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The Miami Dolphins defense looks like it’s back. A historic run could hinge on it

·4 min read

The Dolphins’ win over the Carolina Panthers was the complementary performance that had eluded the team all season and brought them closer to the AFC playoff picture.

The offense has improved with the return of quarterback Tua Tagovailoa over the course of the four-game winning streak but the road to a historic run that sees the Dolphins rise from a 1-7 start to a playoff appearance — no team in NFL history has ever done so — may still hinge on the play of its defense.

After struggling in the first half of the season, the Dolphins defense during the winning streak has allowed an average of 287 yards, 16.3 points per game, and has forced an average of 2.5 turnovers. Projected over the course of an entire season, all those numbers would rank top-two in the NFL.

“I think it’s everybody buying in and setting that high standard, and everybody coming in and buying in and doing their job to the best of their ability,” linebacker Andrew Van Ginkel said of the defense’s turnaround. “Trusting that the guy behind you and the guy beside you that they are going to do their job.”

The past two seasons have shown that the Dolphins’ success is often closely tied to that of the defense. This season, the Dolphins are 5-0 when allowing 17 points or fewer this season and 0-7 when allowing more. Dating to last season, the team is 12-0 when allowing 17 points or fewer and 3-13 when the opposing team scores more than 17. In last Sunday’s 33-10 win over the Panthers, the defense forced three turnovers and limited Carolina’s offense to under 200 yards.

As the team tried to weather the storm of seven consecutive losses, defensive players frequently spoke about getting back to what they do best. The Week 8 game against the Buffalo Bills, albeit a loss, inspired some hope that the defense was getting back to its old ways. The defense held quarterback Josh Allen and the Bills offense to a season-low 122 total yards in the first half and cornerback Xavien Howard said after the game that he felt the first half marked a return to the team’s blitz-happy and man coverage-heavy tendencies that allowed them to lead the league in takeaways last season.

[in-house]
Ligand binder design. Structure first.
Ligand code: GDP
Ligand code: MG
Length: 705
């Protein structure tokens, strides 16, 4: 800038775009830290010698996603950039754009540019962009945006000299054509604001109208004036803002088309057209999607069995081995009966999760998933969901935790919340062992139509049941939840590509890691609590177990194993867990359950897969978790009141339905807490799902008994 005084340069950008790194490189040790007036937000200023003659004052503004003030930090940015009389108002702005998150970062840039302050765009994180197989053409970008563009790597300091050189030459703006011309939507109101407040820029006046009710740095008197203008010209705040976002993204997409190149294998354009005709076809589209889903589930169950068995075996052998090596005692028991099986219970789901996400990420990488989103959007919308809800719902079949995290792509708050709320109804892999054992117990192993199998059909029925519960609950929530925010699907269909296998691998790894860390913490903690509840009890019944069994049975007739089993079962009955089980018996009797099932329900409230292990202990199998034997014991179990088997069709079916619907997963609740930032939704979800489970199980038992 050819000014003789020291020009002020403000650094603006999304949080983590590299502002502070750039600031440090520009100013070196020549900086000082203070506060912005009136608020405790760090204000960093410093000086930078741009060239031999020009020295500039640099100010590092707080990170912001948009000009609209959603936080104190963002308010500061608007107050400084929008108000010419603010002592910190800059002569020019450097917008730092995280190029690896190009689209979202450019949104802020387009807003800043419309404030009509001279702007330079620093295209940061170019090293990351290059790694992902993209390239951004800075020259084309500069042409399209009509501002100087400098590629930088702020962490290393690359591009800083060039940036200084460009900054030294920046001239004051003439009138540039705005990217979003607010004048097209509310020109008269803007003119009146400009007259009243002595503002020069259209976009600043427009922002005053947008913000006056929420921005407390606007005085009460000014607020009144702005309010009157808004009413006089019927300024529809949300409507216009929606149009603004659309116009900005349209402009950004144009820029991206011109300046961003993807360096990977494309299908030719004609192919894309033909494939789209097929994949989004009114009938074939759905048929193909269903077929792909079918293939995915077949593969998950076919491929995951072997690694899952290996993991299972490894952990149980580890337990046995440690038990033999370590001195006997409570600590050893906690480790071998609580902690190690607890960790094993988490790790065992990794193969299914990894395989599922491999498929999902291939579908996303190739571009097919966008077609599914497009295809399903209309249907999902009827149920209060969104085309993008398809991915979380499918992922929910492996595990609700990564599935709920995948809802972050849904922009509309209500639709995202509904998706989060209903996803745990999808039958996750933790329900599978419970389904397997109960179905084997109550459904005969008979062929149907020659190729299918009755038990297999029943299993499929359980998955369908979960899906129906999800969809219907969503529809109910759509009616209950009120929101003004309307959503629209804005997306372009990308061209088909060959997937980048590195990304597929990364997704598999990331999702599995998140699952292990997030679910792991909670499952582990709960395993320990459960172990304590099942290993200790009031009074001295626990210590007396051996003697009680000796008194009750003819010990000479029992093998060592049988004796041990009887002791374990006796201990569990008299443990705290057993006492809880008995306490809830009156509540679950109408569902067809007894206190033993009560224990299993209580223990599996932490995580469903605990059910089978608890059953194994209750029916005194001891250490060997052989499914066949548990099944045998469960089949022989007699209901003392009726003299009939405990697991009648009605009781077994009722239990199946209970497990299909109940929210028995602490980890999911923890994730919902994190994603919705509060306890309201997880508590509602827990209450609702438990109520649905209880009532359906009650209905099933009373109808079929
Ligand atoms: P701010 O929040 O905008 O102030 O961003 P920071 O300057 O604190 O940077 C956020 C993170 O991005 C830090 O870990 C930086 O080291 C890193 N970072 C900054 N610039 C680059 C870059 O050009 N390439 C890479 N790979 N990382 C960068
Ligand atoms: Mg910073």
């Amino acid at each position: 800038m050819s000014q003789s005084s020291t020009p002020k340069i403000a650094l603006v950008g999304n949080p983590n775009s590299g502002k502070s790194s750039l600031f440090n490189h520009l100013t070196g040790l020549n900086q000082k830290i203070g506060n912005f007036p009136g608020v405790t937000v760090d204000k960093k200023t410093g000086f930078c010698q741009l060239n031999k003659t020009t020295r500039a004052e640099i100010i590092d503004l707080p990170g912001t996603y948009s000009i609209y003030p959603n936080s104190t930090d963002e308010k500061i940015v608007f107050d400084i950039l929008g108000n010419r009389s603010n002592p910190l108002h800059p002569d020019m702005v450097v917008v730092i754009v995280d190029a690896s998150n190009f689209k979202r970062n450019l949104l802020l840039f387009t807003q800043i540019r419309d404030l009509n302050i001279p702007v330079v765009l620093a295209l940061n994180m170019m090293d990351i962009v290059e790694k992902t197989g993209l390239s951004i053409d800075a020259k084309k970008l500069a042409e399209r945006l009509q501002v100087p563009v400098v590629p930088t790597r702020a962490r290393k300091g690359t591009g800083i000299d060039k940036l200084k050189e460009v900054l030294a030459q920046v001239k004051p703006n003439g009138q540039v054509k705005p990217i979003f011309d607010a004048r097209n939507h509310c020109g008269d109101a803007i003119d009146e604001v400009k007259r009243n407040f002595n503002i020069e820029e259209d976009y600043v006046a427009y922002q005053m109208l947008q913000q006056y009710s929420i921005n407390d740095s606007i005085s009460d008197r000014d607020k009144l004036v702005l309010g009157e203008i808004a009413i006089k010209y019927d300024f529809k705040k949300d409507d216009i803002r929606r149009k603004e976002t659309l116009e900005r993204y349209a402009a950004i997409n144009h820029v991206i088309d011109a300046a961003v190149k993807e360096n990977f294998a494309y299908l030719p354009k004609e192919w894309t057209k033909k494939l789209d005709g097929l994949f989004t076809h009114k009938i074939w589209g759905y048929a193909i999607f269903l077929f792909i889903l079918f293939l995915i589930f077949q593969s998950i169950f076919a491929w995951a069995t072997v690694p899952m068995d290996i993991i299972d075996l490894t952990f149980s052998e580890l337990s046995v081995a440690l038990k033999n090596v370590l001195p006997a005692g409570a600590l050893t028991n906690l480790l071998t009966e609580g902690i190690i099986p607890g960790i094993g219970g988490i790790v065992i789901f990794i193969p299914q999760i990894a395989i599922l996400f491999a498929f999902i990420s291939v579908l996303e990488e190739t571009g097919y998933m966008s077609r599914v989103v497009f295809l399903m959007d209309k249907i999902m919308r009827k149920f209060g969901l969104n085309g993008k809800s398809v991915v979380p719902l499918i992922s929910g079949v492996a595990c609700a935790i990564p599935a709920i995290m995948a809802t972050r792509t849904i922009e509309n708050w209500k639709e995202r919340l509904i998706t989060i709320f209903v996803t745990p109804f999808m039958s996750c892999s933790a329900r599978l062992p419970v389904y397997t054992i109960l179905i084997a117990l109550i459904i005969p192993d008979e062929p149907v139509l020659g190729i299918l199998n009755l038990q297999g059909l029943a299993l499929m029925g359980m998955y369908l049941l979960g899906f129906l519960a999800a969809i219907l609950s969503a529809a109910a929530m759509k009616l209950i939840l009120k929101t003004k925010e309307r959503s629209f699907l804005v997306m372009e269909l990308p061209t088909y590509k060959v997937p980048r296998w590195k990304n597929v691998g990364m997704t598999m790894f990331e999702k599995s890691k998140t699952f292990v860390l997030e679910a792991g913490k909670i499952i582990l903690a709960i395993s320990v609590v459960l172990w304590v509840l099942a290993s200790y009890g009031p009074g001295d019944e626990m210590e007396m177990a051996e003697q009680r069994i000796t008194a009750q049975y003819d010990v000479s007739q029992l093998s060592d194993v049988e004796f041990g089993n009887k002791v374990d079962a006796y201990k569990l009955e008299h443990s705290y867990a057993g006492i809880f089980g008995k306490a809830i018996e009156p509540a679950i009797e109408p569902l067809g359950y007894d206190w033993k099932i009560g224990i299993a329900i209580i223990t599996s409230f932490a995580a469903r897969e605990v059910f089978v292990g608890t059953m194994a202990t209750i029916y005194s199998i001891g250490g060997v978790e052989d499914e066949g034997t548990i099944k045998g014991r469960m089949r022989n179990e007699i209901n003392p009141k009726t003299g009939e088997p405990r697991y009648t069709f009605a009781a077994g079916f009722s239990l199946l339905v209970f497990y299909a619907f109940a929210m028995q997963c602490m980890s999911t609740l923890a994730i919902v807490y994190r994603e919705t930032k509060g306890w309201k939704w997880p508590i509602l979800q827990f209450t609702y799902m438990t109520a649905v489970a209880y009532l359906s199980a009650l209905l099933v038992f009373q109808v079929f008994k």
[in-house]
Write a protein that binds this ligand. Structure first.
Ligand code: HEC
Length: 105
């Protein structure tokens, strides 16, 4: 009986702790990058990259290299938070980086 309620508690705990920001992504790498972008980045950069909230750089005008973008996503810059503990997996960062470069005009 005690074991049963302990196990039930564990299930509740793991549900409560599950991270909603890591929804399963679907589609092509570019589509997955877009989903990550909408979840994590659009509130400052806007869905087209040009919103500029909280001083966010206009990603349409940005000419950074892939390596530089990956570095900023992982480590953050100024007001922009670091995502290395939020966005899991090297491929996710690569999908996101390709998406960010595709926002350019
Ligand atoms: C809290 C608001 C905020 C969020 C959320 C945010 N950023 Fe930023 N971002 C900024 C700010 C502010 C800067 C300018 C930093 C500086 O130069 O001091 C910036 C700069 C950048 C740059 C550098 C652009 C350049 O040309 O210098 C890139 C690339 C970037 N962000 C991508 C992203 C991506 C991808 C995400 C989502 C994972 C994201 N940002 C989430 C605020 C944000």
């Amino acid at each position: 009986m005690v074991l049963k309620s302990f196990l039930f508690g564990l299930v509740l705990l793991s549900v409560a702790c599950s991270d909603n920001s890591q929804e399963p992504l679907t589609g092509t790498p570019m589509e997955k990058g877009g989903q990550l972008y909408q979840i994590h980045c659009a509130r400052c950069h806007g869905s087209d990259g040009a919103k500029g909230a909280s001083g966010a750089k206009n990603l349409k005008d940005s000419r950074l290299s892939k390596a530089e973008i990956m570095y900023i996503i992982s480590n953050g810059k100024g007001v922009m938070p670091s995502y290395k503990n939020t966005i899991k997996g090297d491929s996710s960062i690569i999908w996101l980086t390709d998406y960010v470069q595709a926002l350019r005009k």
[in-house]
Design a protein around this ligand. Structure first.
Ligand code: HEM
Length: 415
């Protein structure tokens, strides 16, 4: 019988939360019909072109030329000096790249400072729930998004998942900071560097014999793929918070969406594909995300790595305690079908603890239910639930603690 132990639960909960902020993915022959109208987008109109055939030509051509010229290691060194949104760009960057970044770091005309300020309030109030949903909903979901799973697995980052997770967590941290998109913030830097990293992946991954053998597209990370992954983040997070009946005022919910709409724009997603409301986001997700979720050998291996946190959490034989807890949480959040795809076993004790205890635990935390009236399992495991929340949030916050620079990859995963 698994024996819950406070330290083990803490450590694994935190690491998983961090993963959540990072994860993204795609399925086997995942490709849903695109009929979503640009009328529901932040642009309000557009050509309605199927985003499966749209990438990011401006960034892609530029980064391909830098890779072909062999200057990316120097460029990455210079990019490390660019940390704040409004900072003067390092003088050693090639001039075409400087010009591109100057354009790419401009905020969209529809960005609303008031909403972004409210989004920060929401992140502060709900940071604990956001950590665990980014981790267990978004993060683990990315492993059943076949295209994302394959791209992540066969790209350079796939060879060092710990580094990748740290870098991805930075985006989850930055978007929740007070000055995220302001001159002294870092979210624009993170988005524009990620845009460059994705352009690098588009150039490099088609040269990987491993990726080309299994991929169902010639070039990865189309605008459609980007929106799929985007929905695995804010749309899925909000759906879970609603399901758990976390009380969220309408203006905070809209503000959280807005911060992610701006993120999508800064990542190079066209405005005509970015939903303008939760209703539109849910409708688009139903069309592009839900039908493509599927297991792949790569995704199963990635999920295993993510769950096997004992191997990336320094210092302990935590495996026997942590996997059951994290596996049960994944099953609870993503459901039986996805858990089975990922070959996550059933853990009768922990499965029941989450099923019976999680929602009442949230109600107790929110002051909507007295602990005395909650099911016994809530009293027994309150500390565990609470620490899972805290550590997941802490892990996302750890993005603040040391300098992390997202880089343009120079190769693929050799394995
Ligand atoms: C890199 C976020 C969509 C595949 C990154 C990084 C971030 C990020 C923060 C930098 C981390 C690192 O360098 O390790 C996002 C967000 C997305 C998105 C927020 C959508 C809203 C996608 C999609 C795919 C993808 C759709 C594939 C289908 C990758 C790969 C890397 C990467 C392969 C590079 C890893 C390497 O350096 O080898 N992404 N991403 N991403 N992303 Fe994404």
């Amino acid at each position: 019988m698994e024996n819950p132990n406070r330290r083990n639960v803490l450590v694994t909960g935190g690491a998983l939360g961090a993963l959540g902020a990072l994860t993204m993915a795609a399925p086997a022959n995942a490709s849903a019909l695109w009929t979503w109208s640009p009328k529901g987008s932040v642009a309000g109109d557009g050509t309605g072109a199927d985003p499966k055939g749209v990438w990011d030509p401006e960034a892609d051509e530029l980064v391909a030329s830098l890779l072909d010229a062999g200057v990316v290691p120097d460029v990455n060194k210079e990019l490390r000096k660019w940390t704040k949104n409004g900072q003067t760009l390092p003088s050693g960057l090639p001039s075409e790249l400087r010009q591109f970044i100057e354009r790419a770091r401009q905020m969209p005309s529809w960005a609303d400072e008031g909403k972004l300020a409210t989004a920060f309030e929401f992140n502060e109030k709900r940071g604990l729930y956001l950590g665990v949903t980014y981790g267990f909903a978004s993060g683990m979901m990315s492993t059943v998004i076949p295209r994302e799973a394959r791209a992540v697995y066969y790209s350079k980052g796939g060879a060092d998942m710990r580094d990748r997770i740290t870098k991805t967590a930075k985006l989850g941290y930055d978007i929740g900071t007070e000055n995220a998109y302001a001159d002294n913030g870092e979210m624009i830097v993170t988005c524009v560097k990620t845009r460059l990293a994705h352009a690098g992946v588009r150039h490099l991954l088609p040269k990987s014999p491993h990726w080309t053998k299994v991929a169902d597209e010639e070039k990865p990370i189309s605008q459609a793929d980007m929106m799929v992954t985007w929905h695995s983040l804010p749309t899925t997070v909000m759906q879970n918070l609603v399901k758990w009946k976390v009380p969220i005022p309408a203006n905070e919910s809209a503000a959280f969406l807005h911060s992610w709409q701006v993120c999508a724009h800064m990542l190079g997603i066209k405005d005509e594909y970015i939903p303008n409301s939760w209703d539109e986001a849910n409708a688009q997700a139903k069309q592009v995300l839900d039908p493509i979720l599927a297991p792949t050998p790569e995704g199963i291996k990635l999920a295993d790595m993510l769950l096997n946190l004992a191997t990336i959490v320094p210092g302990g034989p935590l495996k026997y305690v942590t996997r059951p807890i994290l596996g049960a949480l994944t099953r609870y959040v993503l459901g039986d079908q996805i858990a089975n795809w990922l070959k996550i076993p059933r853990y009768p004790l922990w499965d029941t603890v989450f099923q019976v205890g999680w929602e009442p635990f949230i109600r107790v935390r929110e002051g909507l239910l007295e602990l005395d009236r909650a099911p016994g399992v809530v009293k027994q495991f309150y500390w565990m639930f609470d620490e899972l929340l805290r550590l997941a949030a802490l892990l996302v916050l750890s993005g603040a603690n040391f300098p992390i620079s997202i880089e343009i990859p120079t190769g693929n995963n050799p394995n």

Defensive coordinator Josh Boyer, asked earlier in the season about the defense’s shift to more zone coverage and less blitzing, defended the change by saying every season is different and that his unit needed to adjust as other teams found ways to counter what they did in 2020. But as the trajectory of the entire season changed, a return to familiar ways has come with it. According to Pro Football Focus, the Dolphins defense is blitzing on 46.2 percent of passing plays during the winning streak.

The defense’s resurgence hasn’t come without a few new wrinkles, though. The unit’s standout performance against quarterback Lamar Jackson and the Baltimore Ravens included a unique game plan, blitzing young safeties Jevon Holland Brandon Jones at a rate unseen in recent memory. Jerome Baker, normally a fixture at inside linebacker, has spent more time lining up on the edge, where the team has made use of his speed and athleticism.

“I think it gives us versatility,” coach Brian Flores said. “His versatility gives us flexibility to move him around so we talk about that every week. [We want] the best spot to play really every player but specifically with Jerome.”

While it may be unreasonable to expect the Dolphins defense to maintain the standard of the last month, many of the quarterbacks that await the unit over the final five games of the season won’t evoke fear of a major drop-off, starting with Sunday’s game against the New York Giants.

Mike Glennon will start for the injured Daniel Jones and after the Dolphins’ bye week, they will face New York Jets rookie Zach Wilson, who has struggled recently, and then either the New Orleans Saints’ Taysom Hill or Trevor Siemian on “Monday Night Football.” The final two games of the season against the Tennessee Titans and New England Patriots, when the Dolphins could conceivably be 8-7, may ultimately be their toughest quarterback matchups, with former Dolphins quarterback Ryan Tannehill and rookie Mac Jones, respectively.

However, Flores’ “one day at a time” mantra rings even louder for a team with very little margin of error.

“They’re really talented. They got a lot of great skill guys,” defensive lineman Christian Wilkins said of the Giants. “They got a good, strong, tough O-line. We’re definitely going to have to be prepared and have a great week of practice. I feel like we’re going in the right direction with that today but just a lot of work to do. We can’t take these guys lightly. We can’t focus on anything else but the task at hand because they’re a really good team and they got a lot of weapons. They’ve competed with some really good teams so we’re going to have to play our best game this season this week.”

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